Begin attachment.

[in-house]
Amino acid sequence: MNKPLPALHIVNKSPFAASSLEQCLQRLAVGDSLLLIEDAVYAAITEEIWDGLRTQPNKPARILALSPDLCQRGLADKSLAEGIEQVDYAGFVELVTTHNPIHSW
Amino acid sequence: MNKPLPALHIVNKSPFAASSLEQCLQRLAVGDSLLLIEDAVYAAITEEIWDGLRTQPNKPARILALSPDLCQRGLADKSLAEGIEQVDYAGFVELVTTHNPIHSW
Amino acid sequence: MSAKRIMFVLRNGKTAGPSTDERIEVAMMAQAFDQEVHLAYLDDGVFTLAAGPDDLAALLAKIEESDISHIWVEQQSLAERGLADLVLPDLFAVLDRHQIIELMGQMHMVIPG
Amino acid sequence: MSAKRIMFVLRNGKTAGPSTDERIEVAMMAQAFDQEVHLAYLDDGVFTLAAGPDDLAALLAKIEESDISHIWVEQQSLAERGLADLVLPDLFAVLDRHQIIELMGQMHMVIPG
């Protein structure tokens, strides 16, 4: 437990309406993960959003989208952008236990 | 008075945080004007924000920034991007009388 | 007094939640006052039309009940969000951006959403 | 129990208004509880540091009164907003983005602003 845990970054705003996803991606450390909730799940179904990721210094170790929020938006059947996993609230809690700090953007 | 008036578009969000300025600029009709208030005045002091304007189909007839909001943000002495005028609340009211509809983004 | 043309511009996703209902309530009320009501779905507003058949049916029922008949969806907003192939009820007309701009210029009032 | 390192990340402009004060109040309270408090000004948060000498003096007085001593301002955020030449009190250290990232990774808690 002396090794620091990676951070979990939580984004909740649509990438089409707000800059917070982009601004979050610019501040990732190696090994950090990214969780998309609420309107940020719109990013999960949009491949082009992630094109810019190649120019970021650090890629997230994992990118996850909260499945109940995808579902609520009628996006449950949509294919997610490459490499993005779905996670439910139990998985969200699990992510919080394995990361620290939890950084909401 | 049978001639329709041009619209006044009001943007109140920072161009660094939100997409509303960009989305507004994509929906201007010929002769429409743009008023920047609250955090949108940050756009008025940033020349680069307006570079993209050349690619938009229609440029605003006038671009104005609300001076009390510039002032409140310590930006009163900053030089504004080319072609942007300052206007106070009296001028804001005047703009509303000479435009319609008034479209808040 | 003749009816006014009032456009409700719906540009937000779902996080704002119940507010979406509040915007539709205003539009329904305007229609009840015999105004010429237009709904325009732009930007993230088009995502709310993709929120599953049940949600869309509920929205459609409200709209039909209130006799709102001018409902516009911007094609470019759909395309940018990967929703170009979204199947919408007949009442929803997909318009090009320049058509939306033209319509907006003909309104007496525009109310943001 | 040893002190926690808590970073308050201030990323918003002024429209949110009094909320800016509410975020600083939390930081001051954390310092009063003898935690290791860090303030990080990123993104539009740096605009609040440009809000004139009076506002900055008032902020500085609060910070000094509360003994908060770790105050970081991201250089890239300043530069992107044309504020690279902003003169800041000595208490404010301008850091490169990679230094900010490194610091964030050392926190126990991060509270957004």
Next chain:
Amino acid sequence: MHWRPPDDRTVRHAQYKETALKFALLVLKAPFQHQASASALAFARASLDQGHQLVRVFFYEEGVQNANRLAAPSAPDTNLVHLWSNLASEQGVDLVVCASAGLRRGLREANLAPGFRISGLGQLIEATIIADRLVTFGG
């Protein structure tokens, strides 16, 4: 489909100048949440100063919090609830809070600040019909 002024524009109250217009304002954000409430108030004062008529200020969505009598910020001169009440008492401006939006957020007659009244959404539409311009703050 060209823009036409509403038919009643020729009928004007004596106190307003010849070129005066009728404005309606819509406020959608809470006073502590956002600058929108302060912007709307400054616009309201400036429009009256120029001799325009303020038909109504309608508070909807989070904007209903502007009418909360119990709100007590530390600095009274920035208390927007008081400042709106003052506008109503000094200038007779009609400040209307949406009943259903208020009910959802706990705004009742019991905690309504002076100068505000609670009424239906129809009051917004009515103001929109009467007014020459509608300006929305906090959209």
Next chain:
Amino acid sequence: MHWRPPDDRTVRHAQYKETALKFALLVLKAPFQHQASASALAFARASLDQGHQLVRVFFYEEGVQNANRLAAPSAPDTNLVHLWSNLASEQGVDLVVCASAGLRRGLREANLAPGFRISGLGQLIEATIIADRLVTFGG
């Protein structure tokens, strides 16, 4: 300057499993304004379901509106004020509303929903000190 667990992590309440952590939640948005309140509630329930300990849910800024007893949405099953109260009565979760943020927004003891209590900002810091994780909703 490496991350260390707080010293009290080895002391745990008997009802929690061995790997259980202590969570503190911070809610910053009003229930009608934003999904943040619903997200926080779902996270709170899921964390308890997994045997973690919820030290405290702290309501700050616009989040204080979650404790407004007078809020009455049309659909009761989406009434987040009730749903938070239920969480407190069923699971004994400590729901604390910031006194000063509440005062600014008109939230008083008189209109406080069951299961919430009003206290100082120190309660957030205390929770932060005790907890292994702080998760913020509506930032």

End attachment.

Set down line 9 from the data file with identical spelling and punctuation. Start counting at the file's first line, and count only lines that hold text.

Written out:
């Protein structure tokens, strides 16, 4: 489909100048949440100063919090609830809070600040019909 002024524009109250217009304002954000409430108030004062008529200020969505009598910020001169009440008492401006939006957020007659009244959404539409311009703050 060209823009036409509403038919009643020729009928004007004596106190307003010849070129005066009728404005309606819509406020959608809470006073502590956002600058929108302060912007709307400054616009309201400036429009009256120029001799325009303020038909109504309608508070909807989070904007209903502007009418909360119990709100007590530390600095009274920035208390927007008081400042709106003052506008109503000094200038007779009609400040209307949406009943259903208020009910959802706990705004009742019991905690309504002076100068505000609670009424239906129809009051917004009515103001929109009467007014020459509608300006929305906090959209």